Lately I’ve been thinking about the libertarian movement’s diversity. If it’s even meaningful to discuss a libertarian “movement,” because it’s such a huge tent, I can demarcate different strains of thought, and address some of the shortcomings and strengths of different libertarian ideas.
There are different stages of maturity in libertarian thought. I will arbitrarily break them down into three stages, though this is of course a messy continuum. Although many folks borrow reasoning from each stage, I’ve noticed a common trajectory in which libertarians shift on what kind of reasoning they primarily rely. The three stages are:
- Deontological heuristics
- Consequentialist empiricism
Objectivism and Rothbardian anarchism would fit into the first stage. Both Rand and Rothbard offered a broad framework for assessing many different topics in the realm of human behavior. These bodies of work embody pure ideology to the extent that ideology is a way of filtering information to make it comprehensible. The world is complex, and Randian and Rothbardian explanations and moral prescriptions function as a solid first approximation of ethics and politics. Yes, self-interest drives many positive things, but it’s not an end in itself. Anarchism is not a priori the only moral political structure. Other forms of anarchism could exist in the next two stages, but deontological anarchism exists here.
Perhaps the key hazard of this first stage is for a devotee to become familiar enough with the framework so as to think they’re an expert on a wide variety of topics. A parallel mechanism from behavioral economics is instructive here. The research on heuristics and biases from Kahneman and Tversky, and now many others, reveals that humans don’t use reason to seek truth; instead, we rely on heuristics, probably developed as evolutionary adaptations. This isn’t necessarily a flaw. The cognitive economy is an economy of scarce resources. Rather than expending the mental resources to assess probabilities accurately with Bayes’ Theorem, heuristics are a valuable shortcut that allow us to approximate posterior probabilities without much effort. The problem is that heuristics so often lead us astray, and we often deviate wildly from Bayes’ Theorem.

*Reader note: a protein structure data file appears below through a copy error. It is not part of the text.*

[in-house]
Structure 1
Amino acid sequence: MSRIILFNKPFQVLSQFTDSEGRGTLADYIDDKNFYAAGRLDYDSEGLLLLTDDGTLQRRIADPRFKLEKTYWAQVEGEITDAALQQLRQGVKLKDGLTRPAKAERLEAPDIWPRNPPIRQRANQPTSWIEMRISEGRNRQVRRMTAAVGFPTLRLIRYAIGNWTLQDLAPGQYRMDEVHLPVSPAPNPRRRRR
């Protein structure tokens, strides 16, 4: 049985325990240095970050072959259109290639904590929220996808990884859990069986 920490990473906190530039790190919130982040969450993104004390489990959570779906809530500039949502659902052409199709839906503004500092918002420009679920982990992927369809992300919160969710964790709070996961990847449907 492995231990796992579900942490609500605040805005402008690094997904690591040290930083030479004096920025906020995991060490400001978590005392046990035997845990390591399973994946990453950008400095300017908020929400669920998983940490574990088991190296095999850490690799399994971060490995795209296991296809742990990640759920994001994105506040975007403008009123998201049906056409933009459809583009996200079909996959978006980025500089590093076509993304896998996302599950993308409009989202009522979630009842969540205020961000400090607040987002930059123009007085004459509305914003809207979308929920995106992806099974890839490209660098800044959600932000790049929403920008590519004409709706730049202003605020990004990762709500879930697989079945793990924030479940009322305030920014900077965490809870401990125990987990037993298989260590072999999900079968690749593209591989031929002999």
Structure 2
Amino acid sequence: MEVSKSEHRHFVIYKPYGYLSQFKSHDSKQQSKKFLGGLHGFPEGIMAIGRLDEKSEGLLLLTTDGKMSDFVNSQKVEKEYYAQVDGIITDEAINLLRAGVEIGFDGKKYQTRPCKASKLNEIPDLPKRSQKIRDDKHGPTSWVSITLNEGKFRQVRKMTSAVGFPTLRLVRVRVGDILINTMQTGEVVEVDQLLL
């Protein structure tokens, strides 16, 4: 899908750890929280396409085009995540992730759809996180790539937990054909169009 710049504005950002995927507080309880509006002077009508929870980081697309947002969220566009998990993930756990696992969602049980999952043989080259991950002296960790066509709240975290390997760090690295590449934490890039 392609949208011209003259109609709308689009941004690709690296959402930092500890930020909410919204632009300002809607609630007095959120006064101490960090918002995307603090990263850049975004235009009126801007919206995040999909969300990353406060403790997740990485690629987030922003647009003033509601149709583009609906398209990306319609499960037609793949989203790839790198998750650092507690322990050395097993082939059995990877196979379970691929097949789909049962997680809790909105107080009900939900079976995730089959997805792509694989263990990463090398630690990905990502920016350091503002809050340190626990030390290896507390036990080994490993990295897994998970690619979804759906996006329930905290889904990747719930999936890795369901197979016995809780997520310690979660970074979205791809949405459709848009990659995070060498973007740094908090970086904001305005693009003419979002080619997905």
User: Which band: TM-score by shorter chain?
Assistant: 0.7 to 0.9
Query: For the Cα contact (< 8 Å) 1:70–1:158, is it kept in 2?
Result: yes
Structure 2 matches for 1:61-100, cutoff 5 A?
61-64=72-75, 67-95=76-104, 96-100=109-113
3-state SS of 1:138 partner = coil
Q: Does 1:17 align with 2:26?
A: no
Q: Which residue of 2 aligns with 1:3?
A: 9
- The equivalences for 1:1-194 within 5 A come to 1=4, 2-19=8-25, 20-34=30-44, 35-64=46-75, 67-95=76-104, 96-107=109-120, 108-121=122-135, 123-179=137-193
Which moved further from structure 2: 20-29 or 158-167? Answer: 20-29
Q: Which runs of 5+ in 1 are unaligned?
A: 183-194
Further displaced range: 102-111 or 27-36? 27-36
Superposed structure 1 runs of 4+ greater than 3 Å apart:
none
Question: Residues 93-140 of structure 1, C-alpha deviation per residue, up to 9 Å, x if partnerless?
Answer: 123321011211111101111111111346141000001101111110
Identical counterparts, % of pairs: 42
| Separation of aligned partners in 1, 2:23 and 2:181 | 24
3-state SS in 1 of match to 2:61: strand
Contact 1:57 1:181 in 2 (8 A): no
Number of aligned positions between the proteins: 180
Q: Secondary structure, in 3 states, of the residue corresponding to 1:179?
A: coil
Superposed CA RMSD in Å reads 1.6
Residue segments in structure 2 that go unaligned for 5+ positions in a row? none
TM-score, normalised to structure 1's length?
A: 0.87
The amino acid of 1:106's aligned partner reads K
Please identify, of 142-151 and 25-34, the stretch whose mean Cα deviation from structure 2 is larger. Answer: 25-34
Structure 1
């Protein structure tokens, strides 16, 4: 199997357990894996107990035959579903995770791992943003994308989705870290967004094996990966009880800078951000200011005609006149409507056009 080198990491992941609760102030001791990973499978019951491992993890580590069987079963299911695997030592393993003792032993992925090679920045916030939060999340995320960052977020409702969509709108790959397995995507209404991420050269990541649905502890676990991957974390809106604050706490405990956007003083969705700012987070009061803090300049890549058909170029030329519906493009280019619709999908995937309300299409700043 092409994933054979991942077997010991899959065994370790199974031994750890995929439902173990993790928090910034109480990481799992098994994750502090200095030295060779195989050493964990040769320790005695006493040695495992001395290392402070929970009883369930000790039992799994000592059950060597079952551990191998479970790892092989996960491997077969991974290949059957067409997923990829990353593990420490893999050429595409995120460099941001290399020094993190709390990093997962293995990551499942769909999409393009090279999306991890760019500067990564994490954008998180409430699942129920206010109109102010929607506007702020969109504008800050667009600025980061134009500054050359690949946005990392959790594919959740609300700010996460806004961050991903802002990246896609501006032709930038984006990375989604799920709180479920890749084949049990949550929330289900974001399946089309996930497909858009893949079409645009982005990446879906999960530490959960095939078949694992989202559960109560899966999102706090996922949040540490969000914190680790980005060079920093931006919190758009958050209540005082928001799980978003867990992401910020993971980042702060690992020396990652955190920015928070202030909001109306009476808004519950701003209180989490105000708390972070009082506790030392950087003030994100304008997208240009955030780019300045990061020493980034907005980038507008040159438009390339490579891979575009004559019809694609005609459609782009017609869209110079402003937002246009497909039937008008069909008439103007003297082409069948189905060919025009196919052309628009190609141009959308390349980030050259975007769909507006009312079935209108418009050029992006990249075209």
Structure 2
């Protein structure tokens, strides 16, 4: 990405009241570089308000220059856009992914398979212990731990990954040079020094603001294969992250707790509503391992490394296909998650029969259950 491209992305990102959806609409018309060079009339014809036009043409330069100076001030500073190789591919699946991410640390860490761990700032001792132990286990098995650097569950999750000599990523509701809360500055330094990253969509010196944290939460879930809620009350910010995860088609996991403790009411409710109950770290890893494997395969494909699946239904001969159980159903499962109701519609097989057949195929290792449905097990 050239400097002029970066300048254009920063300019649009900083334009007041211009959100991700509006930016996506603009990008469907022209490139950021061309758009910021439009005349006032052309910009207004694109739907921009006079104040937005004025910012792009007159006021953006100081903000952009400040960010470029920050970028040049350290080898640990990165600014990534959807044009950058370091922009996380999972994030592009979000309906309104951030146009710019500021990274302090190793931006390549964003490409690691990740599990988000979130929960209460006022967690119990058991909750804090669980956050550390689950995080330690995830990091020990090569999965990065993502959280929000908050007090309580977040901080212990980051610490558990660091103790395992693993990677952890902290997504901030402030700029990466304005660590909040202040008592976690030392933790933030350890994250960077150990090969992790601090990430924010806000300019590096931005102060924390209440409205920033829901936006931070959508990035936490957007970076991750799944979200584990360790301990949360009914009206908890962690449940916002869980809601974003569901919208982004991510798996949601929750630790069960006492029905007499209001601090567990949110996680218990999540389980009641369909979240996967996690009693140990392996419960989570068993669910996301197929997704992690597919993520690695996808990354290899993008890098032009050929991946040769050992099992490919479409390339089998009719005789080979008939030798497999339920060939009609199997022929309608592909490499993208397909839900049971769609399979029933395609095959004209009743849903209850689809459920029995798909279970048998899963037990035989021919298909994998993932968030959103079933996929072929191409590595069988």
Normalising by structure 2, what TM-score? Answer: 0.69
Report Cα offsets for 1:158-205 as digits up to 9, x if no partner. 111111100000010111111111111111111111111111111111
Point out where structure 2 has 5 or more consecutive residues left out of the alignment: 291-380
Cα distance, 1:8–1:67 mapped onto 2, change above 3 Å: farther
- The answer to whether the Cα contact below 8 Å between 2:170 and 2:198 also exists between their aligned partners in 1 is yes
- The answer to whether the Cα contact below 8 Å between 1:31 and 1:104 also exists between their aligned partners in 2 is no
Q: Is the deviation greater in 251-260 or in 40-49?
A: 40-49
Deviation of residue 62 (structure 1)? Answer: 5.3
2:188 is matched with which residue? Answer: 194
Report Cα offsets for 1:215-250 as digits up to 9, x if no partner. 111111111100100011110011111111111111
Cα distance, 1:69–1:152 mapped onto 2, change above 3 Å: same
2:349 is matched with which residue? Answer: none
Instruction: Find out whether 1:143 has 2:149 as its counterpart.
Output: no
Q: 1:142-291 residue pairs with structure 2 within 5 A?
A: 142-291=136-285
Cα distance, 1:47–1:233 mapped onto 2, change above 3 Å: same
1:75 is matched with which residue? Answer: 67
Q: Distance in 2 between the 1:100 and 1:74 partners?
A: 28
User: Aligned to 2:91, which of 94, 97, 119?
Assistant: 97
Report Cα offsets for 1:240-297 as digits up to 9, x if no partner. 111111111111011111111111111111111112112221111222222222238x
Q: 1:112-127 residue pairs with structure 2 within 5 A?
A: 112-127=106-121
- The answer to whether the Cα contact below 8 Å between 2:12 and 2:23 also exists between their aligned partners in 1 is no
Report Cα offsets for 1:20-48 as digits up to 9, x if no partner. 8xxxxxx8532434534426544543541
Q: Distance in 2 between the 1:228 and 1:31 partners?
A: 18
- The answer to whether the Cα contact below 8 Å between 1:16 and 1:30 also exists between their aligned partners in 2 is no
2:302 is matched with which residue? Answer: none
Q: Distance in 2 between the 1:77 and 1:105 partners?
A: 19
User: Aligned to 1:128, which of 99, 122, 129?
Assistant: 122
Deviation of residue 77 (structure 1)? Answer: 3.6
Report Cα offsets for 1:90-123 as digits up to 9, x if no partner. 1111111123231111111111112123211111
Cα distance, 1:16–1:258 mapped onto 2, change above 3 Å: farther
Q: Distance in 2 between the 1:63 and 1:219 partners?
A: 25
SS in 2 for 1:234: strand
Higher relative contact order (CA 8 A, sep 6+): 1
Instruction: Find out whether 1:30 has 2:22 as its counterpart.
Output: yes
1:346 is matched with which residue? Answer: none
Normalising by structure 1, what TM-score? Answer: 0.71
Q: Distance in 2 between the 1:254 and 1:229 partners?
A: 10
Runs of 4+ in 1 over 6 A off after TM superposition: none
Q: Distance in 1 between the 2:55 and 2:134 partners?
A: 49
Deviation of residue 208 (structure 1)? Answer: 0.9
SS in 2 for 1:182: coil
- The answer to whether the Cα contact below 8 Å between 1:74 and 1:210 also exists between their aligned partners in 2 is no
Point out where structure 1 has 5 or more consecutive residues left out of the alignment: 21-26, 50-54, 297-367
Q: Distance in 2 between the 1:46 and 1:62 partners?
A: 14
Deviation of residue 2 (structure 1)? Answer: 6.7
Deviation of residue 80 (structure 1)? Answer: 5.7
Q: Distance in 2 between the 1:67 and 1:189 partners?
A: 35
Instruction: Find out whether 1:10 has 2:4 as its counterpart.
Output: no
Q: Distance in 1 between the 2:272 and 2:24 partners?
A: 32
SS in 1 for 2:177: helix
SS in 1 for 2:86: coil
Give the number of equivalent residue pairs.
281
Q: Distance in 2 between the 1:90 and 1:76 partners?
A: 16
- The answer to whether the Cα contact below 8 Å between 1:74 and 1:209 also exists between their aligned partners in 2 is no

Strict adherence to a purportedly all-encompassing deontological philosophy is myopic. Some libertarians suppose that they can use a principle of non-aggression to address every ethical issue, but it’s not true. What is aggression? What counts as an initiation of force? A system of private property is actually a coercive system. It depends on the moral willingness to use violence to exclude the use of private properties. Private property must eventually be defended on more sophisticated, consequentialist grounds.
The second stage is characterized by striving for consistency. What principles and arguments fit together to eliminate, or at least minimize, contradictions? Free markets imply free trade and free labor markets. The legality of alcohol implies the legality of marijuana.
In the second stage, developing such coherent arguments is a positive development, but leaves the student open to political and social naïveté. The trap is believing that powerful logic and reasoning is all that’s needed to convince smart and interested people, or even politicians. Especially in the realm of politics, people are irrational.
The third stage is a mature kind of consequentialist empiricism. I don’t mean psychological empiricism; nativism is backed by the scientific consensus. I just mean that this mature position is characterized by considering the consequences of policies by rationally assessing the costs and benefits. A Hayekian rule utilitarianism is crucial. Some criticize utilitarianism as a methodology concerned with aggregates of individuals, but I don’t think that’s true. Hayekian rule utilitarianism is properly construed broadly, and wouldn’t prescribe that someone donate as much as they can to starving orphans. The more important way to maximize utility is to have institutions that allow people to maximize utility. A rule governing a population has a much larger effect than any individual action. Bill Gates wouldn’t be a billionaire without the existence of functioning markets.
This third stage has a focus on structure. Understanding public choice limits well-intentioned but misguided diversions of resources, such as supporting particular politicians or voting.
My goal in sketching all this out is to help facilitate for people the trajectory toward the third stage, or corroborate with people who are already there.